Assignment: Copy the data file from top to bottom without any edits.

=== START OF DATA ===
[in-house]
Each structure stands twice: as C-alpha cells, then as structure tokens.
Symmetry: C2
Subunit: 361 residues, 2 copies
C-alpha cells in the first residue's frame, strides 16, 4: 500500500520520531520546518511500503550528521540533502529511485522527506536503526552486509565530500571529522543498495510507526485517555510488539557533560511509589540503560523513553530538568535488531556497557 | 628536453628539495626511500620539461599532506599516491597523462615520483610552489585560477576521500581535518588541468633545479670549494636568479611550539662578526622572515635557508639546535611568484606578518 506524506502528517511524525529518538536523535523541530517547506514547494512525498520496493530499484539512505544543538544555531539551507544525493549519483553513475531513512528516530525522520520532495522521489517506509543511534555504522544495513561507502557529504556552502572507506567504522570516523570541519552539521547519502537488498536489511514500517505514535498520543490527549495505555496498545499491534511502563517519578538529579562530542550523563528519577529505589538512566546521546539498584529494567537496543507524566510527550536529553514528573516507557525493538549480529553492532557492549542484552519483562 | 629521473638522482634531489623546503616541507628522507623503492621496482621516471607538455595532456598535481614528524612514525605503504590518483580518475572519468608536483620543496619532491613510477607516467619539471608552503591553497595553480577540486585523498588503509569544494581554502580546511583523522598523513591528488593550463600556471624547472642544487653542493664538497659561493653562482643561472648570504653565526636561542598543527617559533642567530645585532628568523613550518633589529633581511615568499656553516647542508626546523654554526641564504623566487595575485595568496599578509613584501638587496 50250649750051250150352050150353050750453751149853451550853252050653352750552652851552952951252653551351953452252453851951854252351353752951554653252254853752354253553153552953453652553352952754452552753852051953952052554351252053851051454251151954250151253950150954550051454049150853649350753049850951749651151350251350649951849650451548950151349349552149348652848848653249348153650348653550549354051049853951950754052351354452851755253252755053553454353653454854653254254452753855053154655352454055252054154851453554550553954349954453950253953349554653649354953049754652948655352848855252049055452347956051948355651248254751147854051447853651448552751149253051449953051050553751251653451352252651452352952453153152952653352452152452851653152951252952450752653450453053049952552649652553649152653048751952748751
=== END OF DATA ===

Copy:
[in-house]
Each structure stands twice: as C-alpha cells, then as structure tokens.
Symmetry: C2
Subunit: 361 residues, 2 copies
C-alpha cells in the first residue's frame, strides 16, 4: 500500500520520531520546518511500503550528521540533502529511485522527506536503526552486509565530500571529522543498495510507526485517555510488539557533560511509589540503560523513553530538568535488531556497557 | 628536453628539495626511500620539461599532506599516491597523462615520483610552489585560477576521500581535518588541468633545479670549494636568479611550539662578526622572515635557508639546535611568484606578518 506524506502528517511524525529518538536523535523541530517547506514547494512525498520496493530499484539512505544543538544555531539551507544525493549519483553513475531513512528516530525522520520532495522521489517506509543511534555504522544495513561507502557529504556552502572507506567504522570516523570541519552539521547519502537488498536489511514500517505514535498520543490527549495505555496498545499491534511502563517519578538529579562530542550523563528519577529505589538512566546521546539498584529494567537496543507524566510527550536529553514528573516507557525493538549480529553492532557492549542484552519483562 | 629521473638522482634531489623546503616541507628522507623503492621496482621516471607538455595532456598535481614528524612514525605503504590518483580518475572519468608536483620543496619532491613510477607516467619539471608552503591553497595553480577540486585523498588503509569544494581554502580546511583523522598523513591528488593550463600556471624547472642544487653542493664538497659561493653562482643561472648570504653565526636561542598543527617559533642567530645585532628568523613550518633589529633581511615568499656553516647542508626546523654554526641564504623566487595575485595568496599578509613584501638587496 50250649750051250150352050150353050750453751149853451550853252050653352750552652851552952951252653551351953452252453851951854252351353752951554653252254853752354253553153552953453652553352952754452552753852051953952052554351252053851051454251151954250151253950150954550051454049150853649350753049850951749651151350251350649951849650451548950151349349552149348652848848653249348153650348653550549354051049853951950754052351354452851755253252755053553454353653454854653254254452753855053154655352454055252054154851453554550553954349954453950253953349554653649354953049754652948655352848855252049055452347956051948355651248254751147854051447853651448552751149253051449953051050553751251653451352252651452352952453153152952653352452152452851653152951252952450752653450453053049952552649652553649152653048751952748751